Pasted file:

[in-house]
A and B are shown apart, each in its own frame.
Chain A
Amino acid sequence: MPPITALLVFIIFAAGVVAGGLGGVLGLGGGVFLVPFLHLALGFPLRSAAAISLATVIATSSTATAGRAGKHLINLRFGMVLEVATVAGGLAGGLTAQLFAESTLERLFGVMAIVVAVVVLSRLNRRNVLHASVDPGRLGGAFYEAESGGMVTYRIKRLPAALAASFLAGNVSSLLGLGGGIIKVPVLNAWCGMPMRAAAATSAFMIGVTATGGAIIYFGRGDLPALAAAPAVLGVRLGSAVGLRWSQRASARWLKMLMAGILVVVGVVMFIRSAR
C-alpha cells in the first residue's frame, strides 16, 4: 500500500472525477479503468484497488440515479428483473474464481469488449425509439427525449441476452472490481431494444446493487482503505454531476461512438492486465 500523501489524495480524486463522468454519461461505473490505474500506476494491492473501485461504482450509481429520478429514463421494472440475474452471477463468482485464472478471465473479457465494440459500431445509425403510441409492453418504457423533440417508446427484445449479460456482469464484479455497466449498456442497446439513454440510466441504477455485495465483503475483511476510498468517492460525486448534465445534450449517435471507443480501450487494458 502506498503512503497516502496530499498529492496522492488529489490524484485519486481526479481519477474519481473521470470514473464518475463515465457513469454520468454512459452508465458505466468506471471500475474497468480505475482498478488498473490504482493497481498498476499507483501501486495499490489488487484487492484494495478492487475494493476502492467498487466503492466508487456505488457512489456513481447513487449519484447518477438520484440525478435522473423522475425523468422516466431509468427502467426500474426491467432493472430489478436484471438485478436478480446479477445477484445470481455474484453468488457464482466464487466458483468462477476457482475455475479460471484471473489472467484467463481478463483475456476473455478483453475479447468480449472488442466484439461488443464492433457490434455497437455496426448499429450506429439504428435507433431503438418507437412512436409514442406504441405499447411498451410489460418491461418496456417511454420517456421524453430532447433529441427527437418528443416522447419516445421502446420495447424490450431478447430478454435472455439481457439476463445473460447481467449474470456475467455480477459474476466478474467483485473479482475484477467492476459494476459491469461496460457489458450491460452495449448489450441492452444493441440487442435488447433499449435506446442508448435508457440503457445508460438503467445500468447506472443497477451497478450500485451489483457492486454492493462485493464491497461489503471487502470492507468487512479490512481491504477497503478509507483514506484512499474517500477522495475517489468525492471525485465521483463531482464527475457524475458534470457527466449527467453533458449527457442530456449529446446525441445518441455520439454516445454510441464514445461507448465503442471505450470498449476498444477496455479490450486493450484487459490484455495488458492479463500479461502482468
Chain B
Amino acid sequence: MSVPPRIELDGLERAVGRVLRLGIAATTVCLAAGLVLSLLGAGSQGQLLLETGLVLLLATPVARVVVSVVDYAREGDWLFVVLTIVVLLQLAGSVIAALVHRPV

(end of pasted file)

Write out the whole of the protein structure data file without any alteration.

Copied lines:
[in-house]
A and B are shown apart, each in its own frame.
Chain A
Amino acid sequence: MPPITALLVFIIFAAGVVAGGLGGVLGLGGGVFLVPFLHLALGFPLRSAAAISLATVIATSSTATAGRAGKHLINLRFGMVLEVATVAGGLAGGLTAQLFAESTLERLFGVMAIVVAVVVLSRLNRRNVLHASVDPGRLGGAFYEAESGGMVTYRIKRLPAALAASFLAGNVSSLLGLGGGIIKVPVLNAWCGMPMRAAAATSAFMIGVTATGGAIIYFGRGDLPALAAAPAVLGVRLGSAVGLRWSQRASARWLKMLMAGILVVVGVVMFIRSAR
C-alpha cells in the first residue's frame, strides 16, 4: 500500500472525477479503468484497488440515479428483473474464481469488449425509439427525449441476452472490481431494444446493487482503505454531476461512438492486465 500523501489524495480524486463522468454519461461505473490505474500506476494491492473501485461504482450509481429520478429514463421494472440475474452471477463468482485464472478471465473479457465494440459500431445509425403510441409492453418504457423533440417508446427484445449479460456482469464484479455497466449498456442497446439513454440510466441504477455485495465483503475483511476510498468517492460525486448534465445534450449517435471507443480501450487494458 502506498503512503497516502496530499498529492496522492488529489490524484485519486481526479481519477474519481473521470470514473464518475463515465457513469454520468454512459452508465458505466468506471471500475474497468480505475482498478488498473490504482493497481498498476499507483501501486495499490489488487484487492484494495478492487475494493476502492467498487466503492466508487456505488457512489456513481447513487449519484447518477438520484440525478435522473423522475425523468422516466431509468427502467426500474426491467432493472430489478436484471438485478436478480446479477445477484445470481455474484453468488457464482466464487466458483468462477476457482475455475479460471484471473489472467484467463481478463483475456476473455478483453475479447468480449472488442466484439461488443464492433457490434455497437455496426448499429450506429439504428435507433431503438418507437412512436409514442406504441405499447411498451410489460418491461418496456417511454420517456421524453430532447433529441427527437418528443416522447419516445421502446420495447424490450431478447430478454435472455439481457439476463445473460447481467449474470456475467455480477459474476466478474467483485473479482475484477467492476459494476459491469461496460457489458450491460452495449448489450441492452444493441440487442435488447433499449435506446442508448435508457440503457445508460438503467445500468447506472443497477451497478450500485451489483457492486454492493462485493464491497461489503471487502470492507468487512479490512481491504477497503478509507483514506484512499474517500477522495475517489468525492471525485465521483463531482464527475457524475458534470457527466449527467453533458449527457442530456449529446446525441445518441455520439454516445454510441464514445461507448465503442471505450470498449476498444477496455479490450486493450484487459490484455495488458492479463500479461502482468
Chain B
Amino acid sequence: MSVPPRIELDGLERAVGRVLRLGIAATTVCLAAGLVLSLLGAGSQGQLLLETGLVLLLATPVARVVVSVVDYAREGDWLFVVLTIVVLLQLAGSVIAALVHRPV